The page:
You can bore the pants and skirts off people with the “yeah, yeah whatever” stuff and hope they hang in there, or you can get to the point with a press release.

How about: “Localized bank content, real-time interest rates and brand messaging  can now be displayed right down to individual teller stations using a new WhizBang Digital Signage for Banks product developed and announced today by Big City-based interactive firm, Brand X.”

Or something like that. The point is: companies need to jump right to the core value proposition of the product. If they insist on boring people with all the chest-beating nonsense about being leaders, do it later on.

The rest of the release, by the way, is on balance not too bad. It hits the key points and backs them up. The writer just could not resist sticking to that deadly boring opening formula of establishing whoever is a leader. As stated before, the leader phrase is meaningless, and you need to get readers interested in your service or product, and THEN provide your credibility message.


When good lines get overused …

Maybe three years ago, give or take a bit, the company I was with then was wrestling with a good tag line to use for its products and services. Ultimately they went with something that made me cross-eyed and therefore even funnier looking than  normal, and decided against the other option that I liked: “Right message. Right Place. Right time.”

Sound familiar? Sure it does. Because several companies use variations of it as one of their key messaging points. I just saw it used again today by a software company, and this was after seeing it in a couple of new places last week.

This is not a tired or meaningless buzz phrase like all those ones we’re advocating to see banished. I actually think it’s pretty good in explaning what well designed software can do for clients. It’s just that a lot of people now use it.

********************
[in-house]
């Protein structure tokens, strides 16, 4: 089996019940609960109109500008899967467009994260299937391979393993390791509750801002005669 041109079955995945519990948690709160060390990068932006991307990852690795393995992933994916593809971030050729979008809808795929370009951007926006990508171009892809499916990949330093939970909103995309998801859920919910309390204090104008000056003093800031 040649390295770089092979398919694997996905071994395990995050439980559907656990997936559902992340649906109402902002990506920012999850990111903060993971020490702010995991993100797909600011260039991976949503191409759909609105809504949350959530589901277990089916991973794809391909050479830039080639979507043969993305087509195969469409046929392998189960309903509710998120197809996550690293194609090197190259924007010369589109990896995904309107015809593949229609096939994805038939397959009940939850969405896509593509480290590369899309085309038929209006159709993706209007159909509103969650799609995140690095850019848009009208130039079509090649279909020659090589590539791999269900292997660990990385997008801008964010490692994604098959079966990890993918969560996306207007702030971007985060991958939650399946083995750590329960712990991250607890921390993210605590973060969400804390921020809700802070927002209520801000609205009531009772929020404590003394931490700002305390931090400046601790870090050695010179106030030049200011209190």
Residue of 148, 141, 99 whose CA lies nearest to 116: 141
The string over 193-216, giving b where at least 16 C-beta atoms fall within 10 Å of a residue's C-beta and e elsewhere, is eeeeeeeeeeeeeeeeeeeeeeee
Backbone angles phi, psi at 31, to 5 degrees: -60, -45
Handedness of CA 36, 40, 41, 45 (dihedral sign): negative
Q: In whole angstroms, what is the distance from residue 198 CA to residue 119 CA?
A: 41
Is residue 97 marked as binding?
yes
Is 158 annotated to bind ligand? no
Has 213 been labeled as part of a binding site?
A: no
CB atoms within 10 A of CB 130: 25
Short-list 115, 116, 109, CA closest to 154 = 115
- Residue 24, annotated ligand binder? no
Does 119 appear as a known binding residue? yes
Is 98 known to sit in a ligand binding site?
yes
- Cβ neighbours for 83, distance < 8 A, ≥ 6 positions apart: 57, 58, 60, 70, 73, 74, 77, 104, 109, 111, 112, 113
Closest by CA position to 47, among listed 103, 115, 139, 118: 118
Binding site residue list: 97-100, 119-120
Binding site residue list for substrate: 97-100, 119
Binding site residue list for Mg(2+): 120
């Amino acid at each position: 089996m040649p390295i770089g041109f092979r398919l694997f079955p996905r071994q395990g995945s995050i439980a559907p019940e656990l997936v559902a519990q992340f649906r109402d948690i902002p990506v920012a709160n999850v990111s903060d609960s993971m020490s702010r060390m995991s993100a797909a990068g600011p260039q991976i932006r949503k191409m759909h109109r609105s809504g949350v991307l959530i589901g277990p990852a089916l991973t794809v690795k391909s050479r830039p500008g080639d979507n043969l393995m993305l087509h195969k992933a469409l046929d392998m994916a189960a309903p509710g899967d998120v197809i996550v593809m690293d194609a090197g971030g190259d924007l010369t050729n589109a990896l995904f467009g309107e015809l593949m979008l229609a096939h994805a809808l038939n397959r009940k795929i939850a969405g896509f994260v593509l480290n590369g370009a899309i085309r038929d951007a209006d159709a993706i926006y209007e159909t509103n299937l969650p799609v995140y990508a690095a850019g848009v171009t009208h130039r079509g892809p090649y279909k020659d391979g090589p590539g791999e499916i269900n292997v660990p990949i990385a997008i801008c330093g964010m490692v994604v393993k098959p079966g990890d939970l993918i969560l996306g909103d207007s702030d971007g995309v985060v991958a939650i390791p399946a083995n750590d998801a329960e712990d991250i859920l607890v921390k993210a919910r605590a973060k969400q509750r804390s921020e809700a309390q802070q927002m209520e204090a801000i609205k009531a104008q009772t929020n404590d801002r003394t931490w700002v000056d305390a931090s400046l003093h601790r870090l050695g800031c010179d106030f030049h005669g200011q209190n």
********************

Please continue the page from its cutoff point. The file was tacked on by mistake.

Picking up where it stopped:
Is that a bad thing? Not as part of the narrative of marketing materials or press releases, because that simple message beats the hell out of blabbering away about “business rules-based message targeting” and the glories of meta data.

I just wouldn’t lead with it or put it in bold on marketing materials. Intended or not, the Right Message thing is going to read like Borrowed Message.


Has the term broadcast quality reached its expiry date?

I had a marketing email blast sent to me by one of the industry portals today, the vendor going with the line: “Broadcast-quality digital signage: Why Settle for Less?”

I perceive something tagged as broadcast-quality to be of high quality, and not some shaky, grainy piece of crap video that might come off an old camcorder. The guys issuing the piece definitely have a product that delivers high-quality motion graphics, as it is their whole background. So they are in no way stretching the truth.

But as I was reading  the piece, I was immediately thinking “broadcast-quality” is a fairly empty assertion.

With the exception of some little flash card-driven sneakernet appliances that can only do standard definition video, just about any PC or even media appliance will push out 720P or higher video and motion graphics that are probably better than the supposed HD signals we pay for from our cablecos. I have definitely seen some platforms that push crappy signals, but the vast majority of solutions out there will push out a broadcast-quality signal.

It’s certainly not wrong to celebrate the high quality of your product, but it’s hardly a unique selling point. I’m thinking “broadcast-quality” is one of those heavily traded phrases that has reached or is getting really close to its expiry date.


BuzzPhrase Alert: Cloud computing

I just had my first sighting of what I think will be one of those buzz phrases that will get liberally lobbed into PR and marketing material in the weeks and months to come. It was used this morning in the loopy assertion that a central download portal for public service videos was “essentially delivering ‘cloud computing’ for PSAs.”

Well, no.

Cloud computing is mostly known as managed server farms set up under a business and operating model that allows IT people to  increase capacity or add new capabilities pretty much on the fly, without buying iron (servers) or new software, and without adding bodies. The many companies in the DS space who do Software as a Service kinda, sorta do cloud computing, but only kinda, sorta. The SaaS comapnies tend to more be the customers of heavy-duty IT hosting companies that do the work, like Rackspace and ThinkGrid.

The propeller-heads can argue what the real pure definition of cloud computing is, but it is definitely not about simple tasks such as putting up some files in a central spot so people can download them.

Some gentle advice: don’t just throw buzz phrases in to your pitch because they are popular. They should also be appropriate, and your company will come off better if it appears you might actually know what you are going on about.